Before starting this review I must first say I will try to limit any spoilers. It is not my intent to give away the story, but I will probably offer more detail than I have in other reviews. So consider yourself warned.
We’ve all heard the old adage “like father like son” and at first glimpse that seems to be the message in “Before I Forget” by Leonard Pitts, Jr. Pitts uses different points of view to tell the story of the three James Moses Johnsons, each dealing with his own dilemma and less than perfect father-son relationship.
We start out with the “junior” of the bunch, Mo Johnson, an aging 70’s soul singer who is confronted with a medical condition that forces him to re-evaluate his life. If this was not enough to deal with, Mo learns five days later that his 19 year-old son Trey, is in trouble with the law. While not estranged from young Trey, Mo has not been the model father or a regular presence in the young man’s life. As if all of this drama was not enough, Mo also learns that his estranged father, Jack, is also suffering from a serious medical condition.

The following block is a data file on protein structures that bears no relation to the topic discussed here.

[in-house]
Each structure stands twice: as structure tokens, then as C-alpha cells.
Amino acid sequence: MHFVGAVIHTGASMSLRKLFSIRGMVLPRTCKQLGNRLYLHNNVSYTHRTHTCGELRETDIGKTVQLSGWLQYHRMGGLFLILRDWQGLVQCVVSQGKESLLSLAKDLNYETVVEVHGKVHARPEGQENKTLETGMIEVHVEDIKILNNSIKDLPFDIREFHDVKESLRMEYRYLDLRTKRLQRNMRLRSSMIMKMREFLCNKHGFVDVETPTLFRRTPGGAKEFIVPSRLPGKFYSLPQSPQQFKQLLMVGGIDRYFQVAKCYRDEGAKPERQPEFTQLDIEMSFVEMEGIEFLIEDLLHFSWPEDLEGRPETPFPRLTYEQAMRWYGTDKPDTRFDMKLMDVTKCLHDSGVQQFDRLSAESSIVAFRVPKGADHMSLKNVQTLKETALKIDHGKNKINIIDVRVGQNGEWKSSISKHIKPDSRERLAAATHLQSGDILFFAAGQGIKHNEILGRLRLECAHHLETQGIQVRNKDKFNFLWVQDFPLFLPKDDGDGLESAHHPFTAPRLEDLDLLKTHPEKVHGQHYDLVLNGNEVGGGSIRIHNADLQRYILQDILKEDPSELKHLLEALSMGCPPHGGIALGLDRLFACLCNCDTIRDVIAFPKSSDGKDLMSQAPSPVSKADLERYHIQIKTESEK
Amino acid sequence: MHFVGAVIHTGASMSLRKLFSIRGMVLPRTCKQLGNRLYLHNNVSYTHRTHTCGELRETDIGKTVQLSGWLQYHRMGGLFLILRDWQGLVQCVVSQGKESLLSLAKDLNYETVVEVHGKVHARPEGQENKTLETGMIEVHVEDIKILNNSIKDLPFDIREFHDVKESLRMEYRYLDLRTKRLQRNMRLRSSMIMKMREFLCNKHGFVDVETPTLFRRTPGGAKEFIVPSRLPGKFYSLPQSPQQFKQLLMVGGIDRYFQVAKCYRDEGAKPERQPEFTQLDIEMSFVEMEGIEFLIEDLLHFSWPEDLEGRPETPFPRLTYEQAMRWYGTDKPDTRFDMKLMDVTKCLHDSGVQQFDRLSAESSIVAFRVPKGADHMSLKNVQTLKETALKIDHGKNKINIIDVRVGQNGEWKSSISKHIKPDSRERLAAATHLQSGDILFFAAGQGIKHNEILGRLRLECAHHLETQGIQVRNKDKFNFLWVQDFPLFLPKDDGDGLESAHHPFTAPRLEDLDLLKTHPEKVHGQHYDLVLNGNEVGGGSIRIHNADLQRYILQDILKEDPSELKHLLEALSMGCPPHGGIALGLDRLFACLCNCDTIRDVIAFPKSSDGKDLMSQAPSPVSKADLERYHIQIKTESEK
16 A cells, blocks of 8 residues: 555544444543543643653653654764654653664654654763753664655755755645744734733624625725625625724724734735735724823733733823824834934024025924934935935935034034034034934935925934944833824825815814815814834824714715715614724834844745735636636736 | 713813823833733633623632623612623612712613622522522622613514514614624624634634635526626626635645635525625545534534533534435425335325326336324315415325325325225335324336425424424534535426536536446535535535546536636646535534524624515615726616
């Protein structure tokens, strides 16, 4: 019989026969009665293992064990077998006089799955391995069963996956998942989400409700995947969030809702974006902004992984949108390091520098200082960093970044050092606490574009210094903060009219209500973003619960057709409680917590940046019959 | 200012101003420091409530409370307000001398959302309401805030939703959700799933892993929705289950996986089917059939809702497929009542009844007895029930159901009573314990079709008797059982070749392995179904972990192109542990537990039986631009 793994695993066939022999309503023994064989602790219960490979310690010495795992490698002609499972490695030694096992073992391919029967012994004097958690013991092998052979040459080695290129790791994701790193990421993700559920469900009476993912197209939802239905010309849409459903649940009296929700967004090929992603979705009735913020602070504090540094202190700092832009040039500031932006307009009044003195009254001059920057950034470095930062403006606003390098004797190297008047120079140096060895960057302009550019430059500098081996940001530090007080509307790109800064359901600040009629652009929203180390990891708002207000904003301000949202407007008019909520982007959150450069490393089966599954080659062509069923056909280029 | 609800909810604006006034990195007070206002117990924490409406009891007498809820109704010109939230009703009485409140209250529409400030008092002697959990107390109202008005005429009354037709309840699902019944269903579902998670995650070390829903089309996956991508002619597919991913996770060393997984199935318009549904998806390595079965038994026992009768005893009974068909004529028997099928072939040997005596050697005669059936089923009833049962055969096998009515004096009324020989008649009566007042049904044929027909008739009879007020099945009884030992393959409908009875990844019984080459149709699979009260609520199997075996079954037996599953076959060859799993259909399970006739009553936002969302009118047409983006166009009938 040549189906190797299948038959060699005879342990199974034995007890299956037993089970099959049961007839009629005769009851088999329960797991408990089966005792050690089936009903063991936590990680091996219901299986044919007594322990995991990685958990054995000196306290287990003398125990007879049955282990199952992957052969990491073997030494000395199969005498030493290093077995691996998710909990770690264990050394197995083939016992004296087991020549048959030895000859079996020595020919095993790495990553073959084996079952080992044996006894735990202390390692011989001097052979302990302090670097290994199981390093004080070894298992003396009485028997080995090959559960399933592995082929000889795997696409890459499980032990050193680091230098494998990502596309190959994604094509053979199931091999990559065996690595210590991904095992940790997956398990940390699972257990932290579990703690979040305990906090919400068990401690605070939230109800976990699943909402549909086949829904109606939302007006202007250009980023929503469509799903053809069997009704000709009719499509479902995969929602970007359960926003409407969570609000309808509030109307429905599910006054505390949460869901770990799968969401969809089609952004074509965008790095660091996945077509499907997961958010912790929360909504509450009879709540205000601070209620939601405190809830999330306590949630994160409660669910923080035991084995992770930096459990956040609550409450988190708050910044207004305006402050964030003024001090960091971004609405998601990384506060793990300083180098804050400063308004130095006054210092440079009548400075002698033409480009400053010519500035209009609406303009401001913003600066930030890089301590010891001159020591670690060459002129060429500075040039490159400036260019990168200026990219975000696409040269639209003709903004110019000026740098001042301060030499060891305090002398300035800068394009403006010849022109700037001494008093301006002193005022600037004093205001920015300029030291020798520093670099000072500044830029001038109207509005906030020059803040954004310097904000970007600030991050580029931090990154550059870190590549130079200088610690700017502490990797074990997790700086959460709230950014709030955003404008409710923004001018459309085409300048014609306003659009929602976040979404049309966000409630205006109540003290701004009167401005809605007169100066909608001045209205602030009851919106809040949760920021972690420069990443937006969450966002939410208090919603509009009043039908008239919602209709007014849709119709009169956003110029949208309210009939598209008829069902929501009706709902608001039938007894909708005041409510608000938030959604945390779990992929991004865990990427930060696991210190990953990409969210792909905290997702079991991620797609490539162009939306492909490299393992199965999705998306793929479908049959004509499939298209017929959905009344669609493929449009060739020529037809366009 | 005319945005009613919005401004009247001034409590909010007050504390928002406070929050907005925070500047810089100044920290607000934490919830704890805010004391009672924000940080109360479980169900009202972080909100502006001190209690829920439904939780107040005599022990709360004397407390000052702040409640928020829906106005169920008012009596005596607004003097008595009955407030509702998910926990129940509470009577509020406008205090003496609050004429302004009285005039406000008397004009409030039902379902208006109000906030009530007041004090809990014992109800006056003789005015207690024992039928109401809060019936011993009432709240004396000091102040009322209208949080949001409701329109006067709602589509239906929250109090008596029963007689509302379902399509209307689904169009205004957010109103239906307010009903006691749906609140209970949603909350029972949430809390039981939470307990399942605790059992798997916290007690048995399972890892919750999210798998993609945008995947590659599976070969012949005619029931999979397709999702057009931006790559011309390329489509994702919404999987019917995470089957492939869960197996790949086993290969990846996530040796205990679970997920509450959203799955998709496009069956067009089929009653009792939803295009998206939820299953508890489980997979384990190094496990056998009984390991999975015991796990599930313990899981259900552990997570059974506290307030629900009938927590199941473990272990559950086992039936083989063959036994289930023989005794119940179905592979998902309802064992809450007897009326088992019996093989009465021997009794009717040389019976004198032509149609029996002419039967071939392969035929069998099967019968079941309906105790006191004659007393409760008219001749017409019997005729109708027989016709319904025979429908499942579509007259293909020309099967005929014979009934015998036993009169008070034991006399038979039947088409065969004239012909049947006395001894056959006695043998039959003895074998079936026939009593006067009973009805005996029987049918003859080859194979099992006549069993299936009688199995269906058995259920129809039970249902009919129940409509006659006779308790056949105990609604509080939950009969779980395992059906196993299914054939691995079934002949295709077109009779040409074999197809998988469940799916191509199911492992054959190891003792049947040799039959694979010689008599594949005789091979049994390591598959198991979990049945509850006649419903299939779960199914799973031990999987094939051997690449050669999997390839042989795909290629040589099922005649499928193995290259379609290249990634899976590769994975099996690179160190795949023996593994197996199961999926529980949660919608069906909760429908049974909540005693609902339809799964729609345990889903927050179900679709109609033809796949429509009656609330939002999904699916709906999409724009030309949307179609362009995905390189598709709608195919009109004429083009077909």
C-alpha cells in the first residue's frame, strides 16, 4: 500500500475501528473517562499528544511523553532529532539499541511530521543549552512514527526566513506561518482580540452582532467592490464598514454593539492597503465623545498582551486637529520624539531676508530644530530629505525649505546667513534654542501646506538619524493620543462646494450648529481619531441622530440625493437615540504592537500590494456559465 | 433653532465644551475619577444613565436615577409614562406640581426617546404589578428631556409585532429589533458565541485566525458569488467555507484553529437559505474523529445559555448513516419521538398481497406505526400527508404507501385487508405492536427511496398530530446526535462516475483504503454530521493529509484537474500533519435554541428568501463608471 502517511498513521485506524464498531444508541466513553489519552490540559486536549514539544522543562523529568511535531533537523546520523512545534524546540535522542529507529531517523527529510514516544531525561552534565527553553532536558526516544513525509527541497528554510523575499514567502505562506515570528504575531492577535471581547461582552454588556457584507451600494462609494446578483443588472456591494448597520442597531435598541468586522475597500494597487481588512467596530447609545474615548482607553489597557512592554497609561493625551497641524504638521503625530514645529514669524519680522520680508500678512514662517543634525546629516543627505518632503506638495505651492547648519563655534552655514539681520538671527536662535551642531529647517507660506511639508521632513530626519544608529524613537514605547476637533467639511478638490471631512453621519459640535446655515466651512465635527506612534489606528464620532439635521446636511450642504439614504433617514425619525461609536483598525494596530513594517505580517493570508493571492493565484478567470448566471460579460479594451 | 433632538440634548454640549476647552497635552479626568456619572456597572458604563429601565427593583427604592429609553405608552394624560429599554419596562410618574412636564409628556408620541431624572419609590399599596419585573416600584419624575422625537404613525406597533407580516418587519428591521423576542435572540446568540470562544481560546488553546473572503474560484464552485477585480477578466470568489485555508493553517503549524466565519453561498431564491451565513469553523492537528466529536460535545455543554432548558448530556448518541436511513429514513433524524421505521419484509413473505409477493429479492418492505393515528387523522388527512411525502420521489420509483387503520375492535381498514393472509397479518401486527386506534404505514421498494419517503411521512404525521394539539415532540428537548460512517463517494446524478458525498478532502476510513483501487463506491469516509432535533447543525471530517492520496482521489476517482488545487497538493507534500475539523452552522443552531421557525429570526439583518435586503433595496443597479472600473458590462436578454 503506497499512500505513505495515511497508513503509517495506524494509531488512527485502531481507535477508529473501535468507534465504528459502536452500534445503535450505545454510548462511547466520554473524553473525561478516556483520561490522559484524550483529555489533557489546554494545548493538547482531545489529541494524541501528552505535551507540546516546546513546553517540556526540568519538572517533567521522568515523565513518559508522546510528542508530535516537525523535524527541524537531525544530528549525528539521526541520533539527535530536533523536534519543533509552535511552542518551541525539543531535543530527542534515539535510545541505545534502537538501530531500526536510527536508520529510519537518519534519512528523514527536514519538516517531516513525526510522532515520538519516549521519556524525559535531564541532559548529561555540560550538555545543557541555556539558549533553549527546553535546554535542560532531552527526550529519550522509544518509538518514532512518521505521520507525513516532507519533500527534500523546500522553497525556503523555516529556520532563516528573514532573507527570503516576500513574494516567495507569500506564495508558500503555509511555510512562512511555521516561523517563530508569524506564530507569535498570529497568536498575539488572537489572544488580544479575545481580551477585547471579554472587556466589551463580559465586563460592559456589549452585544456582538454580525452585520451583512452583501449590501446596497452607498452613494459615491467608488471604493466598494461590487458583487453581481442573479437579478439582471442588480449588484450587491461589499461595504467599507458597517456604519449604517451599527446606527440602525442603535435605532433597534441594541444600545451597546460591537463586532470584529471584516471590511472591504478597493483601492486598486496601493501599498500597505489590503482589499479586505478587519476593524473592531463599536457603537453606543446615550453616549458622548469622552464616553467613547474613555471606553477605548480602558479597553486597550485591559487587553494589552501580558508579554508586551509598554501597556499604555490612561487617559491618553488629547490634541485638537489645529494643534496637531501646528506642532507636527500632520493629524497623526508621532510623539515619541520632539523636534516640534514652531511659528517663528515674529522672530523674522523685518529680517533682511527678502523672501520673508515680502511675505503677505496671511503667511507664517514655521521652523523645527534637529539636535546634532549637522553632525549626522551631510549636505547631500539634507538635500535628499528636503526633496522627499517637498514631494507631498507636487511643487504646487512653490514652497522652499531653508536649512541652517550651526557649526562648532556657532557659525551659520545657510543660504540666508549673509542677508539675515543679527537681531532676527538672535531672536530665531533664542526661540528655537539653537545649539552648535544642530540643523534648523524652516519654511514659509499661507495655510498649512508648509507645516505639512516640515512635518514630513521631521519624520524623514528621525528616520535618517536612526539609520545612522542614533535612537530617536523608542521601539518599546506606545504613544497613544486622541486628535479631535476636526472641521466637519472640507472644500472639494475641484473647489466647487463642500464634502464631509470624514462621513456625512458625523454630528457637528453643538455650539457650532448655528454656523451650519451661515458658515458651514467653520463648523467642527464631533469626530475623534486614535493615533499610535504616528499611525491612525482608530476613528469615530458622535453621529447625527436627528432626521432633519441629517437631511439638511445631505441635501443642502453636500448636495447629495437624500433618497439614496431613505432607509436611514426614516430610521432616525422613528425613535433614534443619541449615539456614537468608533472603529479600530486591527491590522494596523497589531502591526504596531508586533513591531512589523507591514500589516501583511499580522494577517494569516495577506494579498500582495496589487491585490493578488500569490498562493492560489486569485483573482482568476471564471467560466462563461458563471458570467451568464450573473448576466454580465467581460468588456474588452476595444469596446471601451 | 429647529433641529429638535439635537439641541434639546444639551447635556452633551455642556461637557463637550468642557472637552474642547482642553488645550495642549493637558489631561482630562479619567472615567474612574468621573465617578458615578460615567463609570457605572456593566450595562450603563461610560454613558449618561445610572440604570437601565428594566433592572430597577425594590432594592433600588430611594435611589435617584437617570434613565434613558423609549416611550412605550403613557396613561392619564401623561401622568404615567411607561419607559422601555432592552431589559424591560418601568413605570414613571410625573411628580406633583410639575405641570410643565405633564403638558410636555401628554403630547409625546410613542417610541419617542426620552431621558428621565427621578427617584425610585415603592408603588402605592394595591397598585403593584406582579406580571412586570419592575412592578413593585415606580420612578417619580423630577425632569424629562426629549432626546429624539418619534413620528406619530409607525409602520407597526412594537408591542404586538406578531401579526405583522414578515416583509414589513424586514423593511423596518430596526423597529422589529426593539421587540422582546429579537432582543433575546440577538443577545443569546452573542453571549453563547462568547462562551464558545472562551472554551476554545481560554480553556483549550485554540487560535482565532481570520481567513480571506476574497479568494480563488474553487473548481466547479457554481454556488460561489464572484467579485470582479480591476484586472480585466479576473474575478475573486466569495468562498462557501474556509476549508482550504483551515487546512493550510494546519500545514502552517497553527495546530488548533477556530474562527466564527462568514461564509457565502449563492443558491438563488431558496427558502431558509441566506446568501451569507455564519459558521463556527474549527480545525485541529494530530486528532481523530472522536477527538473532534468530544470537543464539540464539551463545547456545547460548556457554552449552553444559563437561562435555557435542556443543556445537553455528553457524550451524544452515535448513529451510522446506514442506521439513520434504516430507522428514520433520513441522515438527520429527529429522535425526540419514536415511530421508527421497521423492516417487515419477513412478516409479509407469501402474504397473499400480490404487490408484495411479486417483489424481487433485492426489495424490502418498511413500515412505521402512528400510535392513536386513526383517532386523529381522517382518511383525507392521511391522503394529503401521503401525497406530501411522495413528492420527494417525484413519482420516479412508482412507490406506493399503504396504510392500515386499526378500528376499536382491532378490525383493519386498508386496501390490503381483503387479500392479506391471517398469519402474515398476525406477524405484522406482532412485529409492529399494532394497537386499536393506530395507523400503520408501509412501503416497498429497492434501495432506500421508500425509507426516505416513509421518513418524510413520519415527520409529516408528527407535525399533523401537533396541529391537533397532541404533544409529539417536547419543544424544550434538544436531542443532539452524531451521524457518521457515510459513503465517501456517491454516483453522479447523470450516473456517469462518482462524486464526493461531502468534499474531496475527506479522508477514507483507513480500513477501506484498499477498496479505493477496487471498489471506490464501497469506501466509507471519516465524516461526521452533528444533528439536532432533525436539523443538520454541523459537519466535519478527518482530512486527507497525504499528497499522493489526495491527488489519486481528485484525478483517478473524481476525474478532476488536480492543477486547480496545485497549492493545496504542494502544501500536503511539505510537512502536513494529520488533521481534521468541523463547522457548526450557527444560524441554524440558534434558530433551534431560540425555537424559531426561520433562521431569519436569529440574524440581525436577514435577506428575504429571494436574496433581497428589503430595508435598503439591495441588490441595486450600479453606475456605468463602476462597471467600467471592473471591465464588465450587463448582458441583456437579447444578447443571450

All of this conflict happens within the first 75 pages of “Before I Forget” which definitely piques the interest of the reader and will keep you reading. Set between Baltimore and Los Angeles, the remaining 280 or so pages takes Mo and Trey on a cross country drive and a better understanding of one another. Along the way an old would is healed, but the story does not end there.
To offer depth to this story, Pitts introduces secondary characters and story lines that instead of taking away from the story had flavor, and substance. The underlying story of absentee fathers was presented in a light that is rarely seen – the father’s perspective. Although the reasons noted are not all forgiving, you are at least given a glimpse into the inner workings of some young fathers.
“Before I Forget” is a well written story with a number of intermingled story lines that work very well together. I really enjoyed the character development and the realism exhibited in this work. I would highly recommend this book.